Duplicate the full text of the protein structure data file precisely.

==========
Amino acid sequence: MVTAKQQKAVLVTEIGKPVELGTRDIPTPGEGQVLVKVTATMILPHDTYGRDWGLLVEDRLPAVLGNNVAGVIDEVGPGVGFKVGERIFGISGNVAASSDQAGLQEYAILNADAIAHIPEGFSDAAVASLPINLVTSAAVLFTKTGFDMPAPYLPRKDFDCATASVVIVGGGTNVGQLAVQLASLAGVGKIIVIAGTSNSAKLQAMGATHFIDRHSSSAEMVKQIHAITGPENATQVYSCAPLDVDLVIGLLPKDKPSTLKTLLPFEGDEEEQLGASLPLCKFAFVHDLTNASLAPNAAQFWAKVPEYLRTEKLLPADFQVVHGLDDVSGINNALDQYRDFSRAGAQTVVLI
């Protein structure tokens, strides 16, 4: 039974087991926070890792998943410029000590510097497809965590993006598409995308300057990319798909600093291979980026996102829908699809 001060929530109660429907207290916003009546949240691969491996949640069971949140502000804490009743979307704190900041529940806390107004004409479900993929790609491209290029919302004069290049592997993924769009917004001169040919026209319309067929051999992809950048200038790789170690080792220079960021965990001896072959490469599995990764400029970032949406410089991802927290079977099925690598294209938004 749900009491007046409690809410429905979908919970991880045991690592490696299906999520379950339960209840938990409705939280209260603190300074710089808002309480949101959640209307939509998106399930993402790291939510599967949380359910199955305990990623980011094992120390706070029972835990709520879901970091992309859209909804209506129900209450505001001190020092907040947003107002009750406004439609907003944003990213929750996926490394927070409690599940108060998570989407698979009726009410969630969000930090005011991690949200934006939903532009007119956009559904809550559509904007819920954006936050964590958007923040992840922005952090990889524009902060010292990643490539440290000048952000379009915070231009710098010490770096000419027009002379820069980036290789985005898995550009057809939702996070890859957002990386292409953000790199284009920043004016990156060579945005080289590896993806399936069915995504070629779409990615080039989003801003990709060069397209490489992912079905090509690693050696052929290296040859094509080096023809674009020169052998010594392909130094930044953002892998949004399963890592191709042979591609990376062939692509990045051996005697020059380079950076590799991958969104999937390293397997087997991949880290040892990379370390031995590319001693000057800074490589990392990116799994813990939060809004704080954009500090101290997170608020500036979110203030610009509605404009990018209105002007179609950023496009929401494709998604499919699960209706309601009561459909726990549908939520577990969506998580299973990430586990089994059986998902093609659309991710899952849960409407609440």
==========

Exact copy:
Amino acid sequence: MVTAKQQKAVLVTEIGKPVELGTRDIPTPGEGQVLVKVTATMILPHDTYGRDWGLLVEDRLPAVLGNNVAGVIDEVGPGVGFKVGERIFGISGNVAASSDQAGLQEYAILNADAIAHIPEGFSDAAVASLPINLVTSAAVLFTKTGFDMPAPYLPRKDFDCATASVVIVGGGTNVGQLAVQLASLAGVGKIIVIAGTSNSAKLQAMGATHFIDRHSSSAEMVKQIHAITGPENATQVYSCAPLDVDLVIGLLPKDKPSTLKTLLPFEGDEEEQLGASLPLCKFAFVHDLTNASLAPNAAQFWAKVPEYLRTEKLLPADFQVVHGLDDVSGINNALDQYRDFSRAGAQTVVLI
């Protein structure tokens, strides 16, 4: 039974087991926070890792998943410029000590510097497809965590993006598409995308300057990319798909600093291979980026996102829908699809 001060929530109660429907207290916003009546949240691969491996949640069971949140502000804490009743979307704190900041529940806390107004004409479900993929790609491209290029919302004069290049592997993924769009917004001169040919026209319309067929051999992809950048200038790789170690080792220079960021965990001896072959490469599995990764400029970032949406410089991802927290079977099925690598294209938004 749900009491007046409690809410429905979908919970991880045991690592490696299906999520379950339960209840938990409705939280209260603190300074710089808002309480949101959640209307939509998106399930993402790291939510599967949380359910199955305990990623980011094992120390706070029972835990709520879901970091992309859209909804209506129900209450505001001190020092907040947003107002009750406004439609907003944003990213929750996926490394927070409690599940108060998570989407698979009726009410969630969000930090005011991690949200934006939903532009007119956009559904809550559509904007819920954006936050964590958007923040992840922005952090990889524009902060010292990643490539440290000048952000379009915070231009710098010490770096000419027009002379820069980036290789985005898995550009057809939702996070890859957002990386292409953000790199284009920043004016990156060579945005080289590896993806399936069915995504070629779409990615080039989003801003990709060069397209490489992912079905090509690693050696052929290296040859094509080096023809674009020169052998010594392909130094930044953002892998949004399963890592191709042979591609990376062939692509990045051996005697020059380079950076590799991958969104999937390293397997087997991949880290040892990379370390031995590319001693000057800074490589990392990116799994813990939060809004704080954009500090101290997170608020500036979110203030610009509605404009990018209105002007179609950023496009929401494709998604499919699960209706309601009561459909726990549908939520577990969506998580299973990430586990089994059986998902093609659309991710899952849960409407609440």